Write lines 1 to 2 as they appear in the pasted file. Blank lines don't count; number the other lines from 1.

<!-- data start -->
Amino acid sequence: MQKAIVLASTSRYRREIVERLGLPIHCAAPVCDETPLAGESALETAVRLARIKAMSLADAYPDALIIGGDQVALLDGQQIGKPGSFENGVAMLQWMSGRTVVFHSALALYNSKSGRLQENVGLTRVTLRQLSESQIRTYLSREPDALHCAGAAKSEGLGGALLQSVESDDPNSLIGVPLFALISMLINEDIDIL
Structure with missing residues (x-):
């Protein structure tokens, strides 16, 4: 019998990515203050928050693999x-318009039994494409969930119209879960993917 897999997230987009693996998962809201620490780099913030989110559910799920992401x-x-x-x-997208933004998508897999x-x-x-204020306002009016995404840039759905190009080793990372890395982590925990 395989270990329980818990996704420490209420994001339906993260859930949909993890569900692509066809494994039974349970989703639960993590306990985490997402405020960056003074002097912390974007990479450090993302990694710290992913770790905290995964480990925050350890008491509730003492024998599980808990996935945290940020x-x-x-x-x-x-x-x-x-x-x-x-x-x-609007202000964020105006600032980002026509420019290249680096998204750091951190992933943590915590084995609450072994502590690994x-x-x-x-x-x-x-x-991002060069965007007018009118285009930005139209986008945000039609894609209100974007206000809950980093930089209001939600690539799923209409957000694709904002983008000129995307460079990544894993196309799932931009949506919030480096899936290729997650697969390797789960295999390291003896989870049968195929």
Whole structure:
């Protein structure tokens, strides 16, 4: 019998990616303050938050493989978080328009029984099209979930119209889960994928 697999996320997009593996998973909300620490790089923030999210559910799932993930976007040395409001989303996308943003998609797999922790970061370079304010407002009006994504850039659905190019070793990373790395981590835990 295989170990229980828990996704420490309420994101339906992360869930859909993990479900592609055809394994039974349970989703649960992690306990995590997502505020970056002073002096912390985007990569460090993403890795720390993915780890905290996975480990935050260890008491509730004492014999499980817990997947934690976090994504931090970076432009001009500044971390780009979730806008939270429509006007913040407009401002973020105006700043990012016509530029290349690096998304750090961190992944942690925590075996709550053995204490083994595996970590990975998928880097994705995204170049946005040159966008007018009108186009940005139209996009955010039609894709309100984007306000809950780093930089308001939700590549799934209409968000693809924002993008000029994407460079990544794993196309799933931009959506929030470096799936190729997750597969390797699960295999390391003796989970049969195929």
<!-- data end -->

Amino acid sequence: MQKAIVLASTSRYRREIVERLGLPIHCAAPVCDETPLAGESALETAVRLARIKAMSLADAYPDALIIGGDQVALLDGQQIGKPGSFENGVAMLQWMSGRTVVFHSALALYNSKSGRLQENVGLTRVTLRQLSESQIRTYLSREPDALHCAGAAKSEGLGGALLQSVESDDPNSLIGVPLFALISMLINEDIDIL
Structure with missing residues (x-):